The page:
PINE, Ariz. — As thousands of tourists converge today in this high-country town for its annual-- but belated--arts and crafts festival, the big question is what will be depleted first: the quilts, ceramic dishes and cottonwood bark sculptures, or the town's water supply.
Pine, at 5,500 feet in central Arizona's Mogollon Rim, relies almost exclusively on wells to tap underground water. But with precious little winter snow or summer rain falling on the towering escarpment that runs across the middle of Arizona, the state's worst-recorded drought is taking its toll.
The mountain slope's swiftly moving aquifer has never been as stingy. On high-demand weekends like this one, when overheated Phoenix folks come to enjoy weekend retreats in the shade of ponderosa pines and treasure-hunting tourists scour the town's shops, water is consumed more quickly than it can be replenished.
The water company has parked a potable water truck near the center of town so local residents can fill containers if needed, and Phoenix residents were warned Friday that if they were heading here for the arts festival, which ends today, they should bring their own water.
"There's a lot of anxiety over whether we'll have enough water to make it through the weekend," said local resident Ed Paul, a U.S. Forest Service firefighter, on Saturday afternoon. "There are a lot of weekend residents in town, and tourists, so it's probable that we won't have any water left by Monday."
Most locals shrug off the impending shortage as the cost of living in the mountains here, and indeed, they are becoming somewhat expert at it.
Much of the town ran out of water two months ago, capping off an already dismal July 4th weekend. Because nearby forest fires had burned nearly half a million acres, and the tinder-dry woods had been closed to campers, hikers, fishermen and other users, the summer arts and crafts show was postponed until this weekend.
Still, even with no influx of tourists in early July, about 800 of Pine's 1,931 residents had no water for up to eight days.
Some Pine residents maintain private wells, live in small subdivisions served by their own well fields or live along Pine Creek and have historic settler rights to its water.
During the July 4th water shortage, those affected purchased bottled water for their cooking needs, showered at sports clubs in Payson, 19 miles southeast, and filled buckets with nonpotable water from trucks to service their toilets.
Living with the drought has become a way of life here. Outdoor watering is prohibited, and residents are expected to cut their interior water use by half or face possible fines.
"We know who our good customers have been, who can't cut back by half because they're already conserving so much," said Myndi Brogdon, spokeswoman for Brooke Utilities Inc., a Bakersfield-based firm that owns water companies in California and Arizona, including the local Pine Water Co.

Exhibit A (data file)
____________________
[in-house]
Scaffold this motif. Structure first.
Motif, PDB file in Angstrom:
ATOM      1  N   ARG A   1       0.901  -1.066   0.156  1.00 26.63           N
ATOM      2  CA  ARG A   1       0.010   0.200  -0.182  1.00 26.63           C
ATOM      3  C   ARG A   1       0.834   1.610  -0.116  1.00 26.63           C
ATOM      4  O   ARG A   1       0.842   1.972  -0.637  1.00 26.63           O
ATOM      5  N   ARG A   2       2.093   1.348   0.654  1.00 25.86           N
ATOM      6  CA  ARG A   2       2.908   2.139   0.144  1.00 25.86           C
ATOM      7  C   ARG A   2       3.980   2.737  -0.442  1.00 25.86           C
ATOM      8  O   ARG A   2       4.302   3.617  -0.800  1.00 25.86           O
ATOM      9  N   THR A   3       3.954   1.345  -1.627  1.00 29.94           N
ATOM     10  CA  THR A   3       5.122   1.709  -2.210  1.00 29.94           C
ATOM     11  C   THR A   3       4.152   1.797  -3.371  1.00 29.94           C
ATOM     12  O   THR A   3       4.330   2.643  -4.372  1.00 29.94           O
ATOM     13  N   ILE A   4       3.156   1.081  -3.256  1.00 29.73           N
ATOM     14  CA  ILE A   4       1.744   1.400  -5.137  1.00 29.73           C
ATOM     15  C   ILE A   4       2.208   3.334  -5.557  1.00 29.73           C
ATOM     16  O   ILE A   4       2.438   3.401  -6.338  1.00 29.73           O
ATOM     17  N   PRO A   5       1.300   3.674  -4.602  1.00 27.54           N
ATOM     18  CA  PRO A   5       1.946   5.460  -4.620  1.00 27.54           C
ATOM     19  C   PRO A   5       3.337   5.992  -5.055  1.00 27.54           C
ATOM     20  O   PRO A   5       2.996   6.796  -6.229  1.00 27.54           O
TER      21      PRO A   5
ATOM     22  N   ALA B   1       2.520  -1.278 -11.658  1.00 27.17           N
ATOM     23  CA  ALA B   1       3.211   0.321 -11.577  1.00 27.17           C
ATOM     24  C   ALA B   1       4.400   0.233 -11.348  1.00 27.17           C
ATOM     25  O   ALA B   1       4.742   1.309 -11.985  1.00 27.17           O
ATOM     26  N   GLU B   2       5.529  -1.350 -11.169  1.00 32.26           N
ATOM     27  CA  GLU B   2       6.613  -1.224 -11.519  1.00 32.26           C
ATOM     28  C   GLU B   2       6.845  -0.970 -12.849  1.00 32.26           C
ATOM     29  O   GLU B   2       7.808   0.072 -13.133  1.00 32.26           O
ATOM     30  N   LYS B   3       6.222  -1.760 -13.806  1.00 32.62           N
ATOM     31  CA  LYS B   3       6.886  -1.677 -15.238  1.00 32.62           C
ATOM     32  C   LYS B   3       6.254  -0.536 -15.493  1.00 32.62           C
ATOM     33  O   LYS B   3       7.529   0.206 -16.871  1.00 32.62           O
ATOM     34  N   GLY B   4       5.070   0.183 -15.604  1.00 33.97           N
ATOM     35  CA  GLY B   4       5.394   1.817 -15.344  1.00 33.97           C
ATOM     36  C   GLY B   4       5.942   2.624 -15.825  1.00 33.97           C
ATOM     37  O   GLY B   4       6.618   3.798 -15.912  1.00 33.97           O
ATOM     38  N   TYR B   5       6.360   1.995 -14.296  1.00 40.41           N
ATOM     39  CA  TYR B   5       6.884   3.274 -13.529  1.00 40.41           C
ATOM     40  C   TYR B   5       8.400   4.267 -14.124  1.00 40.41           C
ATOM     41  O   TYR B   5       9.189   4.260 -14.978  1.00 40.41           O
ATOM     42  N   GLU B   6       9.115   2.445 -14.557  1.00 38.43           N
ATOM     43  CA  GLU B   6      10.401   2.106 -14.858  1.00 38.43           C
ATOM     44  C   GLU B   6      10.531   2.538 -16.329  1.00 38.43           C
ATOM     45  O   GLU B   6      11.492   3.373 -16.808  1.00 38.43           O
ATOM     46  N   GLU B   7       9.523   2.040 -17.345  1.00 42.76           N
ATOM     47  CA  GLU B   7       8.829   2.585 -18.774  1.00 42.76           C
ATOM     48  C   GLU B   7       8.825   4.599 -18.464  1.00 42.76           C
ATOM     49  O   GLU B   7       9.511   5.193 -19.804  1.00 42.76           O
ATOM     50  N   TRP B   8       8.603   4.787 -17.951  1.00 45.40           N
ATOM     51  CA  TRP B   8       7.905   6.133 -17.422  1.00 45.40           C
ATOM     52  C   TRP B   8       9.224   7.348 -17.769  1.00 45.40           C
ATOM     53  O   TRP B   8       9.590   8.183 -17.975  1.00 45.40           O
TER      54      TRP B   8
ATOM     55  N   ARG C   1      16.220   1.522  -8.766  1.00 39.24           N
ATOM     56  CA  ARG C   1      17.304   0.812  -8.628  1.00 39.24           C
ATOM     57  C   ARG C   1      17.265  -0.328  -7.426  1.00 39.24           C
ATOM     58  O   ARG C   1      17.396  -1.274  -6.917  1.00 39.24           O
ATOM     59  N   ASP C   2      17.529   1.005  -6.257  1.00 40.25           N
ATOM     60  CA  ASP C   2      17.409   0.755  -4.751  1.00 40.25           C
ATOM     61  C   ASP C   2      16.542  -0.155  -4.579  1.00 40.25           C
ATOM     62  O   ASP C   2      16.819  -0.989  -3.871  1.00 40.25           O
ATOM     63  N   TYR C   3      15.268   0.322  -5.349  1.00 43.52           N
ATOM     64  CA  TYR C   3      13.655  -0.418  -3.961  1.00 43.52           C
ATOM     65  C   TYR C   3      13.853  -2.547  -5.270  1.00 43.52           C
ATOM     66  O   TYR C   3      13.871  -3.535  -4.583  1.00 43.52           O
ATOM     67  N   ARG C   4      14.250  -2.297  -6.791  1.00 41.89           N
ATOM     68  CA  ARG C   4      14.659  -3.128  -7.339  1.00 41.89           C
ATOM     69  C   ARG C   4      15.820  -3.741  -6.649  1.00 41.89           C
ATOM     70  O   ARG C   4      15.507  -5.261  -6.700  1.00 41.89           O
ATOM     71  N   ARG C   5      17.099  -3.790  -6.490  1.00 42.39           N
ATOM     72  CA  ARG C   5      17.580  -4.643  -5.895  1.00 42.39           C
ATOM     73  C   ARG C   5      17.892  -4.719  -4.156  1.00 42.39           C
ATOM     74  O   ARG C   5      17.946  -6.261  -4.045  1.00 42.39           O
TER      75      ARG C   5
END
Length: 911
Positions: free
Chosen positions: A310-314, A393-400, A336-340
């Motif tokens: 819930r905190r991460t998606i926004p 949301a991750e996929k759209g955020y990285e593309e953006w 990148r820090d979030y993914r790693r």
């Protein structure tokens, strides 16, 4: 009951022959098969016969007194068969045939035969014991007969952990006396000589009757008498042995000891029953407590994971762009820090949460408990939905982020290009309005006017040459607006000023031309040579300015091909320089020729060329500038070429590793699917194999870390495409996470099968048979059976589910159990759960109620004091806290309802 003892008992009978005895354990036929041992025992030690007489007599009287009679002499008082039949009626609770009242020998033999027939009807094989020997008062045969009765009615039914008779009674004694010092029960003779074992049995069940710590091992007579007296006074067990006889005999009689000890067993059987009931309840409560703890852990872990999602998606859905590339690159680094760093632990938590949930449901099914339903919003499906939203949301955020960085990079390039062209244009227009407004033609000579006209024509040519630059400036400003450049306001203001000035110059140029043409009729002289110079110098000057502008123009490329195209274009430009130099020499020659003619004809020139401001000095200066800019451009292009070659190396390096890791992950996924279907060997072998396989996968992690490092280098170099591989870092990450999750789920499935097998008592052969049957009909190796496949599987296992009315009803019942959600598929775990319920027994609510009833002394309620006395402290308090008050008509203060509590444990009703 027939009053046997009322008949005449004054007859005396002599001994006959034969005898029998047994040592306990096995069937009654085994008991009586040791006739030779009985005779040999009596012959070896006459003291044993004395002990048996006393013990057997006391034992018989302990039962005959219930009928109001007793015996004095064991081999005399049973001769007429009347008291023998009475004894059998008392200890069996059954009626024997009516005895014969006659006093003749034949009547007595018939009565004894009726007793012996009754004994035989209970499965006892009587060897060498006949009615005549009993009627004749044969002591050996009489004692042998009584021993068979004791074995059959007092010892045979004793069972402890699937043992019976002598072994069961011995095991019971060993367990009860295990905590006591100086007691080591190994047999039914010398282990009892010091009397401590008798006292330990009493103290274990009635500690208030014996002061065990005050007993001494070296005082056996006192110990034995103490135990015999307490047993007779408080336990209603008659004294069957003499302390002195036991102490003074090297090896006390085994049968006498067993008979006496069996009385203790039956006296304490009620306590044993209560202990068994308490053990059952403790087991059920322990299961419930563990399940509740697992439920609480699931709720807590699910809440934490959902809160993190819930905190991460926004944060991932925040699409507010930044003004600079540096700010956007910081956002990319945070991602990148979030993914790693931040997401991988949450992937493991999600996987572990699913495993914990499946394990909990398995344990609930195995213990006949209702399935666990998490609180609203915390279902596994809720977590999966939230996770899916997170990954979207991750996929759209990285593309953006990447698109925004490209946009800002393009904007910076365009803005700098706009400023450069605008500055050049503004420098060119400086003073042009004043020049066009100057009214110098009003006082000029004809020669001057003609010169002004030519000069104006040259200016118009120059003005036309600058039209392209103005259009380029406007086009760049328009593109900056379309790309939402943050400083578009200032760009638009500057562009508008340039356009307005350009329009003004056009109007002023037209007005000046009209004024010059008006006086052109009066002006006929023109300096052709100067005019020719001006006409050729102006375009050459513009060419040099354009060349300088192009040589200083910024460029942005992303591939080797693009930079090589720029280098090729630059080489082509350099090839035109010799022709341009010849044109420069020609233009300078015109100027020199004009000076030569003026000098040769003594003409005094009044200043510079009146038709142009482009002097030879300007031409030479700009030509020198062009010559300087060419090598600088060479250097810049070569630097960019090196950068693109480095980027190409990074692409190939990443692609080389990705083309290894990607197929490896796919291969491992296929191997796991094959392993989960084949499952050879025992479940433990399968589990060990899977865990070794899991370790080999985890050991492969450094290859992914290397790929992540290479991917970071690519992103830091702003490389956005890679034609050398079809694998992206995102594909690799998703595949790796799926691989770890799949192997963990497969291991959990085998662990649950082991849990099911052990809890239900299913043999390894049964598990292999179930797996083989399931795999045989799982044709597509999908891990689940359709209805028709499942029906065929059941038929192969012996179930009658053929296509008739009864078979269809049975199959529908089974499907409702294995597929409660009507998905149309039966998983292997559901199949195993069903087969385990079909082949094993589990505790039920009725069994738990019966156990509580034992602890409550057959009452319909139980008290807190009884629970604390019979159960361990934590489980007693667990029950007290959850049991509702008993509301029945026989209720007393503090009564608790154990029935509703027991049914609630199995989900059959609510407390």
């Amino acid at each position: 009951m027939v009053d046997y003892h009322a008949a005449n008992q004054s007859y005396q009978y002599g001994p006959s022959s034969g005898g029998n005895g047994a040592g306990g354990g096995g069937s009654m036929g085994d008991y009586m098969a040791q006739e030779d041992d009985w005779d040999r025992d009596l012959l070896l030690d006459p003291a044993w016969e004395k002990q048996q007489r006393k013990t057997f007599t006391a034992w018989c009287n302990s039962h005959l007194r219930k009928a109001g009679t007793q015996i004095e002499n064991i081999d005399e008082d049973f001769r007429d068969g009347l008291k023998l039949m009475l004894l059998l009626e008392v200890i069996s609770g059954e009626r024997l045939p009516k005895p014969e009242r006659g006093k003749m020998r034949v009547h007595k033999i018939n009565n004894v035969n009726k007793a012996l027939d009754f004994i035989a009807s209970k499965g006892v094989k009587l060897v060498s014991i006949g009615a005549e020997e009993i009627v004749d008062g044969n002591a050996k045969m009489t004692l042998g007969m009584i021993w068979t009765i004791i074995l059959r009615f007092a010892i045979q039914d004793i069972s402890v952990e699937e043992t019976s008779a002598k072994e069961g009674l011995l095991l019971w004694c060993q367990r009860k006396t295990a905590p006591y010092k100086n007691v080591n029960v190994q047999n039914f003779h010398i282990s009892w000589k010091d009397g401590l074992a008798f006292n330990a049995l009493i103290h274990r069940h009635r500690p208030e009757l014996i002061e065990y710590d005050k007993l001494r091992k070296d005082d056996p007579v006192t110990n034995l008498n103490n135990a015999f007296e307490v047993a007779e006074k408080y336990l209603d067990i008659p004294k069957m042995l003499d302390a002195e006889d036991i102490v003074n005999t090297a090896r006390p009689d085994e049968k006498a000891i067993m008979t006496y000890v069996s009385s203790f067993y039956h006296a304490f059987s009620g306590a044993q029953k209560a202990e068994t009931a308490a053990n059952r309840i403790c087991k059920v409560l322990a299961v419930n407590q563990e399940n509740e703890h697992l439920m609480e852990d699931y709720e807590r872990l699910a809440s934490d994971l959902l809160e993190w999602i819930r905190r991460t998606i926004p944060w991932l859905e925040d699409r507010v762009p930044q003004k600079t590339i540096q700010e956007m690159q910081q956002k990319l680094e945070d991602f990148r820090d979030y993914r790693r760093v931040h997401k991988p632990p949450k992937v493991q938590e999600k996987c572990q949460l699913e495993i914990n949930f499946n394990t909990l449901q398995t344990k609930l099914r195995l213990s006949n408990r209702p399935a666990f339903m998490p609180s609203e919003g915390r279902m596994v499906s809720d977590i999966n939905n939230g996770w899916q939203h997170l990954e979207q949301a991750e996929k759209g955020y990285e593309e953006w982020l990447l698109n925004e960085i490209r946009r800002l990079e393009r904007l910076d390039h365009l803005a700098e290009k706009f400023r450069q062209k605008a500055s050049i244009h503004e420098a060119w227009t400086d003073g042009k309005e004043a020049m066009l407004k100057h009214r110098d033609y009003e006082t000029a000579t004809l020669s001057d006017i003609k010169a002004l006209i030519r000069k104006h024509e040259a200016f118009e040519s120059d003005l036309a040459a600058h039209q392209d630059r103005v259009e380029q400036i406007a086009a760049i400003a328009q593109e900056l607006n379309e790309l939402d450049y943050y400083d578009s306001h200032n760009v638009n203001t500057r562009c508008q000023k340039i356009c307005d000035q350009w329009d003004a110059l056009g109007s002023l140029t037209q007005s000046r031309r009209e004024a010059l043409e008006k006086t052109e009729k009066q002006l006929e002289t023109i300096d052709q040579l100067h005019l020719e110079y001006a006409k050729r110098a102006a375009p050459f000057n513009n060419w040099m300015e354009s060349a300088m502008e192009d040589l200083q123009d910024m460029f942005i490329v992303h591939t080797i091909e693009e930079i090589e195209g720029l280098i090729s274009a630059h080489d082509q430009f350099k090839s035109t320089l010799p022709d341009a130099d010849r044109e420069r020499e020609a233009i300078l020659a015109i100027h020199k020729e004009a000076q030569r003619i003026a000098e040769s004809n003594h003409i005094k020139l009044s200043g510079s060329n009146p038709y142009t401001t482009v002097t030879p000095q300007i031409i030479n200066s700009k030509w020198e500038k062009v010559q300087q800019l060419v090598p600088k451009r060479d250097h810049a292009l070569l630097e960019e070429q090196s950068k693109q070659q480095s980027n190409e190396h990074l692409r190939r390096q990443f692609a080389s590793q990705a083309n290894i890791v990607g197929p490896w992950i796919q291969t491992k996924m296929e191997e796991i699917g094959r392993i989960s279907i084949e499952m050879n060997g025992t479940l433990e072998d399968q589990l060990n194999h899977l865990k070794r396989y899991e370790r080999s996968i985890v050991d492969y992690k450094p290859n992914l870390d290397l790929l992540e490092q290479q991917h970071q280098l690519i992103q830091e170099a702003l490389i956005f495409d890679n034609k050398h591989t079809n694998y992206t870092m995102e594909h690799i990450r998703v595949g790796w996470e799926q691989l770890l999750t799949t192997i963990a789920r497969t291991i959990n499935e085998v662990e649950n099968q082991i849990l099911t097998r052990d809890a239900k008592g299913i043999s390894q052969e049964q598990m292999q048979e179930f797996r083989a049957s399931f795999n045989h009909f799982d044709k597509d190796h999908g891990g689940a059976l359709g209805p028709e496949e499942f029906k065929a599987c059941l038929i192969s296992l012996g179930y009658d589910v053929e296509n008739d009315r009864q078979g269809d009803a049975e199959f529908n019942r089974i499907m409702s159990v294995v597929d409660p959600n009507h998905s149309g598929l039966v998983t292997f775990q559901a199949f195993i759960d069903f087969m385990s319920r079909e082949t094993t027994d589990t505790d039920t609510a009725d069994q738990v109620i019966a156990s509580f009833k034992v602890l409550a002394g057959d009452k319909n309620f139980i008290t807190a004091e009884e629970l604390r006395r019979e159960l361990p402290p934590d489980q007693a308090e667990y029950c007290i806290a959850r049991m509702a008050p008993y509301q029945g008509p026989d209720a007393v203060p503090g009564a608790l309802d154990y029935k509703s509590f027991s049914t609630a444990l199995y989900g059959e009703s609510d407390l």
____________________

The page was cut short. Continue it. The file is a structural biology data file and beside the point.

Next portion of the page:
Jeanette Buchholz, 80, knows the drought drill: She keeps a dozen gallon jugs filled with water on her porch, either to flush the toilets or to cook, when her tap no longer delivers.
"It's worth it, in order to live here," she said. "I love these tall pines, the rocks, the quiet."
There is some complaints among full-time residents that weekend residents abuse water.
"The part-timers are running their drip [irrigation] systems all the time--you can see the water running down the street," complained Jim Thompson, who moved here four years ago from Chicago. "They should have their water cut off."
Pine has few options for resolving its water problem, short of an end to the drought.
Dig more wells? Because Pine is surrounded by the Tonto National Forest, it is generally restricted to drilling within the town limits. But because of the town's reliance on septic tanks and leach fields, there is little land available for new wells.
Dig deeper wells? Many wells that once produced good amounts of water at 160 feet deep are now dry. The local water improvement district sank a test well to 1,800 feet, but it found little water. In the cavern-pocked limestone underground here, finding fractures and fissures with water is something of a crapshoot.
"We have to find more water somewhere," said John Breninger, a director of the local water improvement district. "The problem is, we don't necessarily know where it is, how much there is, and where to intercept it."
In the meantime, Pine is trying to recover its lost summer at the eleventh hour. Besides today's arts show, an antiques festival, originally scheduled for late July, will be held Oct. 12-13, complete with a classic car show and pit barbecue.
"This is like the summer that never happened, like someone put a big 'canceled' sign on it," said Dennis Abel, who owns the Ginger Bread House antiques store and ice cream parlor with his wife, Shirley Vickers.
"Over the course of the summer, our business is off 50%. This weekend isn't just the best weekend of the summer, it's basically been our only weekend.
"And now that we have all these people coming to town, we're at risk of running out of water. What a summer."